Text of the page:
# Interesting documentation

Now those are two words you don’t often hear put together, but I think what we came up with for NSubstitute’s documentation is actually pretty interesting, and so I thought I’d share it. I’m not talking about the documentation itself, but about ways to write documentation that is maintainable and helps out your project as well as your users. In our case our docs ended up fairly easy to write, automatically tested for correctness and generated as HTML as part of the build. And this makes me happy, and so I blog. :)

## Creating a monster of a website with Jekyll

We wanted to publish the NSubstitute docs to the website. We were pretty keen to be able to write the docs in Markdown or similar, as writing large wads of HTML can be quite annoying; especially the hassle of escaping code samples. It turns out there are a number of static website generators that support this kind of approach (the site for one of these generators, nanoc, has a good list of a number of these, mostly Ruby, but also some done in Python, Haskell and others).

For NSubstitute we ended up choosing Jekyll, a generator done in Ruby that is really optimised for blogs (and is also used for GitHub Pages). We tried a few other options that were very good too, but Jekyll seemed to fit in closest with what we wanted without too much effort.

Jekyll works mainly from conventions with directory and file names. The root of the docs site includes a _config.yml file to include information like permalink format; layout templates go in _layouts; and posts typically go in _posts with the filename in the form yyyy-mm-dd-title.markdown. In NSubstitute we’re not too worried about the date itself, but Jekyll insists on it (it is designed for blogs remember), and it does provide an easy way of ordering posts. You can also put posts/documents under different categories, and include normal HTML pages and content.

After running the jekyll command on your docs directory, out pops a static site. For rapidly testing changes you can also run jekyll --server --auto to serve up and automatically-regenerate the site every change on http://localhost:4000. It is hard to capture how awesome this is in a post, but compared to other attempts I’ve had at getting quick sites up and running I found this amazing.

## Liquid templates

Jekyll uses Liquid (and Liquid Extensions) for templates. In the Jekyll _layouts files you can put in markup like {{ page.content }} and {% for post in site.categories.help reversed %}, {% endfor %} and these will be expanded as required in the generated site.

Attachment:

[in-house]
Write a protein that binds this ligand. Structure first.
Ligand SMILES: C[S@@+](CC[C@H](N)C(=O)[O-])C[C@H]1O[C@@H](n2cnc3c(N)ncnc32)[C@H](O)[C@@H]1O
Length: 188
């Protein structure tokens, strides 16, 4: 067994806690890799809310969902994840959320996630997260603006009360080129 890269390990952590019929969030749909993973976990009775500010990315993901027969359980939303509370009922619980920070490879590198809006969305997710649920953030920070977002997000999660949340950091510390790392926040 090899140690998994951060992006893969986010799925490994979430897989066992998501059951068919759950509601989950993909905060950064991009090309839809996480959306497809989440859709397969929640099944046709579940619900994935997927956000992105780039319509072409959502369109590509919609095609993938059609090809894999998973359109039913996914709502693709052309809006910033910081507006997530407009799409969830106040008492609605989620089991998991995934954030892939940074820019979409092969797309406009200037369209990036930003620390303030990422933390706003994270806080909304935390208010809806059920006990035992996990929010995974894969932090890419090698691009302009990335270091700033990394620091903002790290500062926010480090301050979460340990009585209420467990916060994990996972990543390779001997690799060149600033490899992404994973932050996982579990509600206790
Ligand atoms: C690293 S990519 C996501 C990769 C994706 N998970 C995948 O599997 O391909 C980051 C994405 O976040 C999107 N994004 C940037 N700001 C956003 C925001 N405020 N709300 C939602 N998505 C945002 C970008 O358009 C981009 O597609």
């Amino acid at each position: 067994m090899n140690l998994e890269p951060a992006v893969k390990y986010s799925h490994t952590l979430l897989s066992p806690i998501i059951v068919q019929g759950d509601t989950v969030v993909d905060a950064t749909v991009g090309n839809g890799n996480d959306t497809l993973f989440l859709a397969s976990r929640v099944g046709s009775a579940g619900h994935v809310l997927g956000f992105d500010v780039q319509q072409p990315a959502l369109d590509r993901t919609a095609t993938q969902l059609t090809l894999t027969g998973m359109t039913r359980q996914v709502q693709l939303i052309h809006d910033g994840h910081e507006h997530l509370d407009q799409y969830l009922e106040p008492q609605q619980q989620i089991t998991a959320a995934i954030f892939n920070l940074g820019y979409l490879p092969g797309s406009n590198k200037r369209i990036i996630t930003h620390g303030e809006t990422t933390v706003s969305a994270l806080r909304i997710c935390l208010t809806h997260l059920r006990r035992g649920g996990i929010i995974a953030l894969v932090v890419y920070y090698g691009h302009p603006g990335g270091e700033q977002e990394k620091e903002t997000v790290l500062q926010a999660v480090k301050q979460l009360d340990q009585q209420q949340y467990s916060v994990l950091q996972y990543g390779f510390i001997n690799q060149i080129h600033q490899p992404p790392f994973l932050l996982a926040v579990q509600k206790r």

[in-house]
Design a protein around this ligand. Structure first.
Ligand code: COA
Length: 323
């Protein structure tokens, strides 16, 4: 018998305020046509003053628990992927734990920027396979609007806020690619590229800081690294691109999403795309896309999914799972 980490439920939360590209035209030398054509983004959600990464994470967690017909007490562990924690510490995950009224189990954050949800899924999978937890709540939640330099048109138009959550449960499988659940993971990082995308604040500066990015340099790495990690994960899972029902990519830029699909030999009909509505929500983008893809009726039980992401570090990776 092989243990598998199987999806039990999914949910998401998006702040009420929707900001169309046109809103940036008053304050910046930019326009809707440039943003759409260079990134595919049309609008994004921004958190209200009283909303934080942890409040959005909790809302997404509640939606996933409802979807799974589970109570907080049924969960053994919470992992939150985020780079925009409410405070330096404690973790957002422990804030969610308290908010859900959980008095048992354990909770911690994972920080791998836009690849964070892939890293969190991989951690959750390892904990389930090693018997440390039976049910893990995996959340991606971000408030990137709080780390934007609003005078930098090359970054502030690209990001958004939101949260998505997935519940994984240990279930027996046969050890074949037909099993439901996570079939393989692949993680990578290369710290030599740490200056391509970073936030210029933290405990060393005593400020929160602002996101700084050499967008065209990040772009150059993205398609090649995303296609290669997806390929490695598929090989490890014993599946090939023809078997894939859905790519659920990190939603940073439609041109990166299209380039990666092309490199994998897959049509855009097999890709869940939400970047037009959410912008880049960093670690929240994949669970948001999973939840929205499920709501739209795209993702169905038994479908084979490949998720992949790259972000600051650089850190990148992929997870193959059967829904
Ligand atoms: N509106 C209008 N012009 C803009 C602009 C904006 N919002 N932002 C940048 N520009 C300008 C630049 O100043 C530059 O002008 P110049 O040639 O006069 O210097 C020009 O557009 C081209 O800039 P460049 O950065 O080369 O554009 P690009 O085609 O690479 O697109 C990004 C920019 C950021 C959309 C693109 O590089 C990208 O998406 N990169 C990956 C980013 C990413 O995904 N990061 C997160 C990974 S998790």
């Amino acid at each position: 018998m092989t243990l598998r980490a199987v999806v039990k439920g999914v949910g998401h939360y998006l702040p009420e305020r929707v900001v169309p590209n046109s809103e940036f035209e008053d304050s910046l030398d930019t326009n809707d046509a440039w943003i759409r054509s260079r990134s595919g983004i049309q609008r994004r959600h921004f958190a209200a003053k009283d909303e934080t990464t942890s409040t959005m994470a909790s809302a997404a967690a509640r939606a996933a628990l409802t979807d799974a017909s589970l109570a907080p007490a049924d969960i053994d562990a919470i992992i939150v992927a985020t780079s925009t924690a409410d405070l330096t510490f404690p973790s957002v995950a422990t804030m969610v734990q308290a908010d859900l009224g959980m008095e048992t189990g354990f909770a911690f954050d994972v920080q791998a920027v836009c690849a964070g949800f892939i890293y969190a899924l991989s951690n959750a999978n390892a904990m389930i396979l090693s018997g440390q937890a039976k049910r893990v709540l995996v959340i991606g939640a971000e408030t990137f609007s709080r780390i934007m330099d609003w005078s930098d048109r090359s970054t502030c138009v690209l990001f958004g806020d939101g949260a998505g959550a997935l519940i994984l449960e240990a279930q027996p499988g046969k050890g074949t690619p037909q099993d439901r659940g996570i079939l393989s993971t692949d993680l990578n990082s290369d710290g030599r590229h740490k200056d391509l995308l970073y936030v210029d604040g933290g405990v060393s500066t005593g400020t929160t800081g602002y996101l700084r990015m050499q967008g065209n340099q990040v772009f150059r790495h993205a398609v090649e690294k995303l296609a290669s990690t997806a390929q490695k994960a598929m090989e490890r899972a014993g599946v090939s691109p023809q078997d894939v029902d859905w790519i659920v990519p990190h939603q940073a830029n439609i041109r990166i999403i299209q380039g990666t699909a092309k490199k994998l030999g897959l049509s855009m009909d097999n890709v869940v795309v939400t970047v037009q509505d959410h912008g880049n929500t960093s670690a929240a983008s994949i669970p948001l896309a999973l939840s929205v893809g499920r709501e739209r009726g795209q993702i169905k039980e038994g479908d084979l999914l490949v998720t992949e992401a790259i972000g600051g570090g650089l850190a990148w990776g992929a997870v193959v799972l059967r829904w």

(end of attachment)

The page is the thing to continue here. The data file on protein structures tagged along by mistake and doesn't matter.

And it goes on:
What’s really neat is that, in addition to the large range of built in tags and templates, it is also frightfully easy to create your own in Ruby. You just put them into a _plugins directory and Jekyll will automatically pick them up and apply them when generating your site.

For NSubstitute we wanted to easily include code samples formated using SyntaxHighlighter, so we created an {% examplecode %} tag:

module Jekyll
class ExampleCodeBlock < Liquid::Block
include Liquid::StandardFilters
def render(context)
code = super.join
<<-HTML
<div class="highlight">
<pre class="brush: csharp">#{h(code).strip}</pre>
</div>
HTML
end
end
end
Liquid::Template.register_tag('examplecode', Jekyll::ExampleCodeBlock)


Any code samples wrapped in {% examplecode %}, {% endexamplecode %} tags will be automatically escaped (h(code) is built in to Liquid to do this) and will be wrapped in an element that includes the class="brush: csharp" that SyntaxHighlighter needs to do its job.

Note: Jekyll has built in support for syntax-highlighting using Pygments. Pygments is awesome too, but for a number of reasons (mainly ease of setup) we chose to use SyntaxHighlighter instead.

## Docs with teeth

We wanted to make sure the NSubstitute code examples worked, and kept working even with future versions. It’s pretty frustrating to plug in an example from somewhere and have it not work. To use Anthony’s expression, we wanted “documents with teeth”; docs that would bite us if we did the wrong thing.

### Writing runnable code samples